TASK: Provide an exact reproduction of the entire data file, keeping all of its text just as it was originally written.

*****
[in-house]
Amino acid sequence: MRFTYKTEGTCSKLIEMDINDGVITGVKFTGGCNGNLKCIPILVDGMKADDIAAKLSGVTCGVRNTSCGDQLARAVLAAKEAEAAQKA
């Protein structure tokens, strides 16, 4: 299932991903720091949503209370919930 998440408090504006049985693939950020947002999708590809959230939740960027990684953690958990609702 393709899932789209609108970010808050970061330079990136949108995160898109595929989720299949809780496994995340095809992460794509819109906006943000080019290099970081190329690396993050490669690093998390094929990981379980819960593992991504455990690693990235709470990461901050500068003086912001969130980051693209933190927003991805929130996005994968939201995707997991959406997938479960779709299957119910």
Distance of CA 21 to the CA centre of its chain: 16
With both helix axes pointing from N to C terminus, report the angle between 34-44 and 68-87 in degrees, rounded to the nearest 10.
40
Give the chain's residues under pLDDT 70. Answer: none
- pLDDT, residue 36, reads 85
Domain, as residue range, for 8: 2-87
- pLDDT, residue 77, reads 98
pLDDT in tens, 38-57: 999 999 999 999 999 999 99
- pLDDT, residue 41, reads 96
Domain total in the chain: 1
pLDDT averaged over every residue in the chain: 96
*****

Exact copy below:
[in-house]
Amino acid sequence: MRFTYKTEGTCSKLIEMDINDGVITGVKFTGGCNGNLKCIPILVDGMKADDIAAKLSGVTCGVRNTSCGDQLARAVLAAKEAEAAQKA
């Protein structure tokens, strides 16, 4: 299932991903720091949503209370919930 998440408090504006049985693939950020947002999708590809959230939740960027990684953690958990609702 393709899932789209609108970010808050970061330079990136949108995160898109595929989720299949809780496994995340095809992460794509819109906006943000080019290099970081190329690396993050490669690093998390094929990981379980819960593992991504455990690693990235709470990461901050500068003086912001969130980051693209933190927003991805929130996005994968939201995707997991959406997938479960779709299957119910």
Distance of CA 21 to the CA centre of its chain: 16
With both helix axes pointing from N to C terminus, report the angle between 34-44 and 68-87 in degrees, rounded to the nearest 10.
40
Give the chain's residues under pLDDT 70. Answer: none
- pLDDT, residue 36, reads 85
Domain, as residue range, for 8: 2-87
- pLDDT, residue 77, reads 98
pLDDT in tens, 38-57: 999 999 999 999 999 999 99
- pLDDT, residue 41, reads 96
Domain total in the chain: 1
pLDDT averaged over every residue in the chain: 96